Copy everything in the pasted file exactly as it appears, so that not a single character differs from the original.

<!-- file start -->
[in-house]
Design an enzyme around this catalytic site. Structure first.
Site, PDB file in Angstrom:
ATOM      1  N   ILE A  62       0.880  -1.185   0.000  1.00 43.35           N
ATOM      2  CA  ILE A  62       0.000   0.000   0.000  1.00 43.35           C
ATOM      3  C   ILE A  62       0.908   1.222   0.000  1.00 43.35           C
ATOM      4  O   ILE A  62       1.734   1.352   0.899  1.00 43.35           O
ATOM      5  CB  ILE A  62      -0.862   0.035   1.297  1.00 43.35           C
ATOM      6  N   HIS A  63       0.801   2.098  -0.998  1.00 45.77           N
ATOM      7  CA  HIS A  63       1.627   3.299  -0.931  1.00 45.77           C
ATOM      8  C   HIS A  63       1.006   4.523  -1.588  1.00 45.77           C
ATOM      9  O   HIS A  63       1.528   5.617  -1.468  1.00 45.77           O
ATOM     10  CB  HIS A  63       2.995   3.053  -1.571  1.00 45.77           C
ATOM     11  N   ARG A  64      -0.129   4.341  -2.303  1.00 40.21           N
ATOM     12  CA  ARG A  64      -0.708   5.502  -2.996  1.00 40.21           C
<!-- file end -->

[in-house]
Design an enzyme around this catalytic site. Structure first.
Site, PDB file in Angstrom:
ATOM      1  N   ILE A  62       0.880  -1.185   0.000  1.00 43.35           N
ATOM      2  CA  ILE A  62       0.000   0.000   0.000  1.00 43.35           C
ATOM      3  C   ILE A  62       0.908   1.222   0.000  1.00 43.35           C
ATOM      4  O   ILE A  62       1.734   1.352   0.899  1.00 43.35           O
ATOM      5  CB  ILE A  62      -0.862   0.035   1.297  1.00 43.35           C
ATOM      6  N   HIS A  63       0.801   2.098  -0.998  1.00 45.77           N
ATOM      7  CA  HIS A  63       1.627   3.299  -0.931  1.00 45.77           C
ATOM      8  C   HIS A  63       1.006   4.523  -1.588  1.00 45.77           C
ATOM      9  O   HIS A  63       1.528   5.617  -1.468  1.00 45.77           O
ATOM     10  CB  HIS A  63       2.995   3.053  -1.571  1.00 45.77           C
ATOM     11  N   ARG A  64      -0.129   4.341  -2.303  1.00 40.21           N
ATOM     12  CA  ARG A  64      -0.708   5.502  -2.996  1.00 40.21           C